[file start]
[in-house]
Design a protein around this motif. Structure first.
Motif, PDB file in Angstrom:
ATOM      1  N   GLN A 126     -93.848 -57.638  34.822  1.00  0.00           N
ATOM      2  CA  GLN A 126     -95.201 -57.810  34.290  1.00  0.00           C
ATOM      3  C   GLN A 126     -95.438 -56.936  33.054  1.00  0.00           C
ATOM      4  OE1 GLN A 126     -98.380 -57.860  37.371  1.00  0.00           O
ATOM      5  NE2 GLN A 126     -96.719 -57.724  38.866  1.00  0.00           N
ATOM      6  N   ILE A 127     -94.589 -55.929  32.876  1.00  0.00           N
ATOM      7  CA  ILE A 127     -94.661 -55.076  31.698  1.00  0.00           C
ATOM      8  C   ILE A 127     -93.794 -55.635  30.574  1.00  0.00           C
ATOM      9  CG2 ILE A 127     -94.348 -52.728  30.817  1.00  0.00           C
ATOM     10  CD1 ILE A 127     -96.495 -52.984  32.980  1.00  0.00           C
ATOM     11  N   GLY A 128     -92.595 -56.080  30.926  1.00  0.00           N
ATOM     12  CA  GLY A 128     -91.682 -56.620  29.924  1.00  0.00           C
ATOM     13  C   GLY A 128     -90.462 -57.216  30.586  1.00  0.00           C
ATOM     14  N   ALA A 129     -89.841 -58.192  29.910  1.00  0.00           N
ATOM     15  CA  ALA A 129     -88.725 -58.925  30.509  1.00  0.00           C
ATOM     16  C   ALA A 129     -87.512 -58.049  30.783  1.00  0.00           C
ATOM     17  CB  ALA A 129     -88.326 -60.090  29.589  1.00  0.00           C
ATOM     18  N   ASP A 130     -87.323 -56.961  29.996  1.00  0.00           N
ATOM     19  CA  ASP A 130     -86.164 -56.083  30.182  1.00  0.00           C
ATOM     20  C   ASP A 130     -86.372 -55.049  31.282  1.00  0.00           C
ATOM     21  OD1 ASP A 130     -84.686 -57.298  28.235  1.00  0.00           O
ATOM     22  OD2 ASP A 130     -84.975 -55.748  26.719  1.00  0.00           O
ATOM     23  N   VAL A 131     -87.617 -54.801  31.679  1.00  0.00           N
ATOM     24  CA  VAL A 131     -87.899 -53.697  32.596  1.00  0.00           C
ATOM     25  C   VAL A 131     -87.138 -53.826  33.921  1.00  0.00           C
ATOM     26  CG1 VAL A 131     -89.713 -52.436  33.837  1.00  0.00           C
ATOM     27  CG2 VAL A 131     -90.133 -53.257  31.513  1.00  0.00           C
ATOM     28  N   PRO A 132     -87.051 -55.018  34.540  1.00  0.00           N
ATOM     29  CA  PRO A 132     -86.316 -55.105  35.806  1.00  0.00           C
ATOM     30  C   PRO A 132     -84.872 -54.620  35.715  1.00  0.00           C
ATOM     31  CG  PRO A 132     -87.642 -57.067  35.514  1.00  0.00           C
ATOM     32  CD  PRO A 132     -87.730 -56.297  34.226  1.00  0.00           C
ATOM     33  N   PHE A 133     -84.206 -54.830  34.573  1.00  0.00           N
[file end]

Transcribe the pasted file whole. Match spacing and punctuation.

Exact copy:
[in-house]
Design a protein around this motif. Structure first.
Motif, PDB file in Angstrom:
ATOM      1  N   GLN A 126     -93.848 -57.638  34.822  1.00  0.00           N
ATOM      2  CA  GLN A 126     -95.201 -57.810  34.290  1.00  0.00           C
ATOM      3  C   GLN A 126     -95.438 -56.936  33.054  1.00  0.00           C
ATOM      4  OE1 GLN A 126     -98.380 -57.860  37.371  1.00  0.00           O
ATOM      5  NE2 GLN A 126     -96.719 -57.724  38.866  1.00  0.00           N
ATOM      6  N   ILE A 127     -94.589 -55.929  32.876  1.00  0.00           N
ATOM      7  CA  ILE A 127     -94.661 -55.076  31.698  1.00  0.00           C
ATOM      8  C   ILE A 127     -93.794 -55.635  30.574  1.00  0.00           C
ATOM      9  CG2 ILE A 127     -94.348 -52.728  30.817  1.00  0.00           C
ATOM     10  CD1 ILE A 127     -96.495 -52.984  32.980  1.00  0.00           C
ATOM     11  N   GLY A 128     -92.595 -56.080  30.926  1.00  0.00           N
ATOM     12  CA  GLY A 128     -91.682 -56.620  29.924  1.00  0.00           C
ATOM     13  C   GLY A 128     -90.462 -57.216  30.586  1.00  0.00           C
ATOM     14  N   ALA A 129     -89.841 -58.192  29.910  1.00  0.00           N
ATOM     15  CA  ALA A 129     -88.725 -58.925  30.509  1.00  0.00           C
ATOM     16  C   ALA A 129     -87.512 -58.049  30.783  1.00  0.00           C
ATOM     17  CB  ALA A 129     -88.326 -60.090  29.589  1.00  0.00           C
ATOM     18  N   ASP A 130     -87.323 -56.961  29.996  1.00  0.00           N
ATOM     19  CA  ASP A 130     -86.164 -56.083  30.182  1.00  0.00           C
ATOM     20  C   ASP A 130     -86.372 -55.049  31.282  1.00  0.00           C
ATOM     21  OD1 ASP A 130     -84.686 -57.298  28.235  1.00  0.00           O
ATOM     22  OD2 ASP A 130     -84.975 -55.748  26.719  1.00  0.00           O
ATOM     23  N   VAL A 131     -87.617 -54.801  31.679  1.00  0.00           N
ATOM     24  CA  VAL A 131     -87.899 -53.697  32.596  1.00  0.00           C
ATOM     25  C   VAL A 131     -87.138 -53.826  33.921  1.00  0.00           C
ATOM     26  CG1 VAL A 131     -89.713 -52.436  33.837  1.00  0.00           C
ATOM     27  CG2 VAL A 131     -90.133 -53.257  31.513  1.00  0.00           C
ATOM     28  N   PRO A 132     -87.051 -55.018  34.540  1.00  0.00           N
ATOM     29  CA  PRO A 132     -86.316 -55.105  35.806  1.00  0.00           C
ATOM     30  C   PRO A 132     -84.872 -54.620  35.715  1.00  0.00           C
ATOM     31  CG  PRO A 132     -87.642 -57.067  35.514  1.00  0.00           C
ATOM     32  CD  PRO A 132     -87.730 -56.297  34.226  1.00  0.00           C
ATOM     33  N   PHE A 133     -84.206 -54.830  34.573  1.00  0.00           N